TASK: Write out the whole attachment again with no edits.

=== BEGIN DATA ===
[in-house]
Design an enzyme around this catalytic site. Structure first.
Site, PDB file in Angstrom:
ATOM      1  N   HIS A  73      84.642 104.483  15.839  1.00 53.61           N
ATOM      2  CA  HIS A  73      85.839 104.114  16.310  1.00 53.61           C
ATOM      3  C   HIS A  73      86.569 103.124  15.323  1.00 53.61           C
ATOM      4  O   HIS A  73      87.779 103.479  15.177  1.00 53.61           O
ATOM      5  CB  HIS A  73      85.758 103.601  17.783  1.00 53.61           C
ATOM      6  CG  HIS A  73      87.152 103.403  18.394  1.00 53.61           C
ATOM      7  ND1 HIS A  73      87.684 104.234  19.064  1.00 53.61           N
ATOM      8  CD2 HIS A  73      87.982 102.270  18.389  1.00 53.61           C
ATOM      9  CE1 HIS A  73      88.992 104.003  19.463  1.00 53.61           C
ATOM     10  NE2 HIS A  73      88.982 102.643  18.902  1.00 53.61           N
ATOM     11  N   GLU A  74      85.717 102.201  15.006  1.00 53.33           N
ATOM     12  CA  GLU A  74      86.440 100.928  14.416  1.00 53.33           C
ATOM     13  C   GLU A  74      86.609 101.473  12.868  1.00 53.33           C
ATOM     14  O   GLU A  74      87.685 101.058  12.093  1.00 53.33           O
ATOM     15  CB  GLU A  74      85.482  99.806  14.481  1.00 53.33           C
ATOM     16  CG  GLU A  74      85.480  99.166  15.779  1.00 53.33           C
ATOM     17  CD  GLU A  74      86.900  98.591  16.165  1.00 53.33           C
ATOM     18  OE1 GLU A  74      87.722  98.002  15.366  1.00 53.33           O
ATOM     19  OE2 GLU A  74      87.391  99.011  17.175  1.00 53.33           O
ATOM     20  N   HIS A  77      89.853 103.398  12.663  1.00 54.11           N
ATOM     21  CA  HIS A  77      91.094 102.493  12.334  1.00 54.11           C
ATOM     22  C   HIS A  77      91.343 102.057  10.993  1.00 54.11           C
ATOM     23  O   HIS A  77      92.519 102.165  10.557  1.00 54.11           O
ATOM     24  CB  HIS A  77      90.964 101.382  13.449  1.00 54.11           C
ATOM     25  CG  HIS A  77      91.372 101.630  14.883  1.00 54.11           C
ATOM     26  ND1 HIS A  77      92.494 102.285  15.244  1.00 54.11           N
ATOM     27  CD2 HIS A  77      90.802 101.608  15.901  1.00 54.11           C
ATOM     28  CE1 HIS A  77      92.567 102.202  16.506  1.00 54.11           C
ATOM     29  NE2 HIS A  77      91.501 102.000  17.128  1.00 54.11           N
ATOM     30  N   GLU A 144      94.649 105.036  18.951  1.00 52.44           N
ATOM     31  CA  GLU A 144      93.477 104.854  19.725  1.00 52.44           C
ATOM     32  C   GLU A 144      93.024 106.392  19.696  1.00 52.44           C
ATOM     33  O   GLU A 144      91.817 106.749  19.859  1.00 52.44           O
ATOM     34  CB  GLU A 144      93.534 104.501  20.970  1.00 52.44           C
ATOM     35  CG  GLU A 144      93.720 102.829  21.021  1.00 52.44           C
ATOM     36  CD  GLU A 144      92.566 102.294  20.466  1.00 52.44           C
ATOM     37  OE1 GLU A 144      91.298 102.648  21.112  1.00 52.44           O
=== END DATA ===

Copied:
[in-house]
Design an enzyme around this catalytic site. Structure first.
Site, PDB file in Angstrom:
ATOM      1  N   HIS A  73      84.642 104.483  15.839  1.00 53.61           N
ATOM      2  CA  HIS A  73      85.839 104.114  16.310  1.00 53.61           C
ATOM      3  C   HIS A  73      86.569 103.124  15.323  1.00 53.61           C
ATOM      4  O   HIS A  73      87.779 103.479  15.177  1.00 53.61           O
ATOM      5  CB  HIS A  73      85.758 103.601  17.783  1.00 53.61           C
ATOM      6  CG  HIS A  73      87.152 103.403  18.394  1.00 53.61           C
ATOM      7  ND1 HIS A  73      87.684 104.234  19.064  1.00 53.61           N
ATOM      8  CD2 HIS A  73      87.982 102.270  18.389  1.00 53.61           C
ATOM      9  CE1 HIS A  73      88.992 104.003  19.463  1.00 53.61           C
ATOM     10  NE2 HIS A  73      88.982 102.643  18.902  1.00 53.61           N
ATOM     11  N   GLU A  74      85.717 102.201  15.006  1.00 53.33           N
ATOM     12  CA  GLU A  74      86.440 100.928  14.416  1.00 53.33           C
ATOM     13  C   GLU A  74      86.609 101.473  12.868  1.00 53.33           C
ATOM     14  O   GLU A  74      87.685 101.058  12.093  1.00 53.33           O
ATOM     15  CB  GLU A  74      85.482  99.806  14.481  1.00 53.33           C
ATOM     16  CG  GLU A  74      85.480  99.166  15.779  1.00 53.33           C
ATOM     17  CD  GLU A  74      86.900  98.591  16.165  1.00 53.33           C
ATOM     18  OE1 GLU A  74      87.722  98.002  15.366  1.00 53.33           O
ATOM     19  OE2 GLU A  74      87.391  99.011  17.175  1.00 53.33           O
ATOM     20  N   HIS A  77      89.853 103.398  12.663  1.00 54.11           N
ATOM     21  CA  HIS A  77      91.094 102.493  12.334  1.00 54.11           C
ATOM     22  C   HIS A  77      91.343 102.057  10.993  1.00 54.11           C
ATOM     23  O   HIS A  77      92.519 102.165  10.557  1.00 54.11           O
ATOM     24  CB  HIS A  77      90.964 101.382  13.449  1.00 54.11           C
ATOM     25  CG  HIS A  77      91.372 101.630  14.883  1.00 54.11           C
ATOM     26  ND1 HIS A  77      92.494 102.285  15.244  1.00 54.11           N
ATOM     27  CD2 HIS A  77      90.802 101.608  15.901  1.00 54.11           C
ATOM     28  CE1 HIS A  77      92.567 102.202  16.506  1.00 54.11           C
ATOM     29  NE2 HIS A  77      91.501 102.000  17.128  1.00 54.11           N
ATOM     30  N   GLU A 144      94.649 105.036  18.951  1.00 52.44           N
ATOM     31  CA  GLU A 144      93.477 104.854  19.725  1.00 52.44           C
ATOM     32  C   GLU A 144      93.024 106.392  19.696  1.00 52.44           C
ATOM     33  O   GLU A 144      91.817 106.749  19.859  1.00 52.44           O
ATOM     34  CB  GLU A 144      93.534 104.501  20.970  1.00 52.44           C
ATOM     35  CG  GLU A 144      93.720 102.829  21.021  1.00 52.44           C
ATOM     36  CD  GLU A 144      92.566 102.294  20.466  1.00 52.44           C
ATOM     37  OE1 GLU A 144      91.298 102.648  21.112  1.00 52.44           O